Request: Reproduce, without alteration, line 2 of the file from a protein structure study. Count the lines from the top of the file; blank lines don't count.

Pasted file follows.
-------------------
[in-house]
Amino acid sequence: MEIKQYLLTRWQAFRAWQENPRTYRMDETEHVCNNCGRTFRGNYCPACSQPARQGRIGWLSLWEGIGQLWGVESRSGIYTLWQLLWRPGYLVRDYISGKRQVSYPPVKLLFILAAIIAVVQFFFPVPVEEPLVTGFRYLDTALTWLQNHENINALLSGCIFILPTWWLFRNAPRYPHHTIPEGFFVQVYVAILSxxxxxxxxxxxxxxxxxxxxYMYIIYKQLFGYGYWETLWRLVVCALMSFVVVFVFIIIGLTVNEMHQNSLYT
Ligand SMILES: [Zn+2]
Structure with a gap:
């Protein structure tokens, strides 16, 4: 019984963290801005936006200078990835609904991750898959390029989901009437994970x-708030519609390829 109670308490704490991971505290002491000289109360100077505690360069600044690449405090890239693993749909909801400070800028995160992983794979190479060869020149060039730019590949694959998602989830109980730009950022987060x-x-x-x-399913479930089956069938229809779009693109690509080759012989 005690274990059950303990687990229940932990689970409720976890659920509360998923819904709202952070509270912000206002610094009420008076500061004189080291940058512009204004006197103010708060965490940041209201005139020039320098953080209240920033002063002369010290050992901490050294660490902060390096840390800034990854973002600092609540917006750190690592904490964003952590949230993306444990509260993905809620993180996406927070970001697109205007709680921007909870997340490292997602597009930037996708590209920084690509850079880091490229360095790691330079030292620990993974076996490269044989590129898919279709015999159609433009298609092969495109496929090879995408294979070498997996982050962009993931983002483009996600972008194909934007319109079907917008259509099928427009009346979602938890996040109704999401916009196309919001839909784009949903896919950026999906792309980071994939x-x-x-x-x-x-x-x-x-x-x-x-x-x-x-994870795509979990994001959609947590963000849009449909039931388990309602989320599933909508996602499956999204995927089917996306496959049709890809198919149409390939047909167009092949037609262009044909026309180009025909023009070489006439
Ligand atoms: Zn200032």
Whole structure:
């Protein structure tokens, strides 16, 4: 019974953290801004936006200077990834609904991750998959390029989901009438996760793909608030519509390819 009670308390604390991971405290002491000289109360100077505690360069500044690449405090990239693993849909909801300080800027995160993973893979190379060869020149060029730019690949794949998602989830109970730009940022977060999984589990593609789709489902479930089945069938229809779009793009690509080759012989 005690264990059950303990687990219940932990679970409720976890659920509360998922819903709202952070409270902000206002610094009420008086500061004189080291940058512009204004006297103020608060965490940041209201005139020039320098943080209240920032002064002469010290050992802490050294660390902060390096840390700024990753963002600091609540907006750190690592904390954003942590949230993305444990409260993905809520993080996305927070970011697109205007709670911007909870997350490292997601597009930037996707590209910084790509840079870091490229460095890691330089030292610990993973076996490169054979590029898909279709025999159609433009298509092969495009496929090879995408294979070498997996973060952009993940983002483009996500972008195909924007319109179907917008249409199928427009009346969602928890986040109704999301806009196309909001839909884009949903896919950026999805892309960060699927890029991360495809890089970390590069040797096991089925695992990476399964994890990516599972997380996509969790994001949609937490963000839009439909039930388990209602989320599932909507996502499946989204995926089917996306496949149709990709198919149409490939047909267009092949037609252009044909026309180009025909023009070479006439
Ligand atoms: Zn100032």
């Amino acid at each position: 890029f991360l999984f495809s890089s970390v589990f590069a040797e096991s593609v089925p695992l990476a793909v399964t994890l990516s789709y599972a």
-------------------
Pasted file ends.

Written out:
Amino acid sequence: MEIKQYLLTRWQAFRAWQENPRTYRMDETEHVCNNCGRTFRGNYCPACSQPARQGRIGWLSLWEGIGQLWGVESRSGIYTLWQLLWRPGYLVRDYISGKRQVSYPPVKLLFILAAIIAVVQFFFPVPVEEPLVTGFRYLDTALTWLQNHENINALLSGCIFILPTWWLFRNAPRYPHHTIPEGFFVQVYVAILSxxxxxxxxxxxxxxxxxxxxYMYIIYKQLFGYGYWETLWRLVVCALMSFVVVFVFIIIGLTVNEMHQNSLYT